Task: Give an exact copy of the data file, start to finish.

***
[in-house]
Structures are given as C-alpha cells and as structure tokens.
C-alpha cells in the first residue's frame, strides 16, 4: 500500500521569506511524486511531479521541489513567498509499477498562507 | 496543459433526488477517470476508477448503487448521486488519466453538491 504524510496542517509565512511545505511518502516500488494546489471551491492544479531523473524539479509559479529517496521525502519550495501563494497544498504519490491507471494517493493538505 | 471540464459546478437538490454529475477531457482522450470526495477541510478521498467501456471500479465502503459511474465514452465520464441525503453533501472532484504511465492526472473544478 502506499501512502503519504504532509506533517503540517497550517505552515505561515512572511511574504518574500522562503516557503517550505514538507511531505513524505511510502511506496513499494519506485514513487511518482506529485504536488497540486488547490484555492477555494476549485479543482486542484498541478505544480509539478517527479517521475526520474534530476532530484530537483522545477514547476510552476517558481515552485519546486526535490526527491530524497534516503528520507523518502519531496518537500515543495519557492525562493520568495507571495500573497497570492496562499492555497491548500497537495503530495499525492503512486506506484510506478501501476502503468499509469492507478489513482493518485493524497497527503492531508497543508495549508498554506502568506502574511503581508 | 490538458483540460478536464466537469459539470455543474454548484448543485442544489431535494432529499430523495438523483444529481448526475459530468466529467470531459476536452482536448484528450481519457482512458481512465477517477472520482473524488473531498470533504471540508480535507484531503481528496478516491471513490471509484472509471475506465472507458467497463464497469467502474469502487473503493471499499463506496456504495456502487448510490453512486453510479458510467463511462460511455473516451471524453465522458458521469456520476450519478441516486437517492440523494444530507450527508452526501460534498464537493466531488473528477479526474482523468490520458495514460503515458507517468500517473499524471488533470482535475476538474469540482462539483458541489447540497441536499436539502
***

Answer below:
[in-house]
Structures are given as C-alpha cells and as structure tokens.
C-alpha cells in the first residue's frame, strides 16, 4: 500500500521569506511524486511531479521541489513567498509499477498562507 | 496543459433526488477517470476508477448503487448521486488519466453538491 504524510496542517509565512511545505511518502516500488494546489471551491492544479531523473524539479509559479529517496521525502519550495501563494497544498504519490491507471494517493493538505 | 471540464459546478437538490454529475477531457482522450470526495477541510478521498467501456471500479465502503459511474465514452465520464441525503453533501472532484504511465492526472473544478 502506499501512502503519504504532509506533517503540517497550517505552515505561515512572511511574504518574500522562503516557503517550505514538507511531505513524505511510502511506496513499494519506485514513487511518482506529485504536488497540486488547490484555492477555494476549485479543482486542484498541478505544480509539478517527479517521475526520474534530476532530484530537483522545477514547476510552476517558481515552485519546486526535490526527491530524497534516503528520507523518502519531496518537500515543495519557492525562493520568495507571495500573497497570492496562499492555497491548500497537495503530495499525492503512486506506484510506478501501476502503468499509469492507478489513482493518485493524497497527503492531508497543508495549508498554506502568506502574511503581508 | 490538458483540460478536464466537469459539470455543474454548484448543485442544489431535494432529499430523495438523483444529481448526475459530468466529467470531459476536452482536448484528450481519457482512458481512465477517477472520482473524488473531498470533504471540508480535507484531503481528496478516491471513490471509484472509471475506465472507458467497463464497469467502474469502487473503493471499499463506496456504495456502487448510490453512486453510479458510467463511462460511455473516451471524453465522458458521469456520476450519478441516486437517492440523494444530507450527508452526501460534498464537493466531488473528477479526474482523468490520458495514460503515458507517468500517473499524471488533470482535475476538474469540482462539483458541489447540497441536499436539502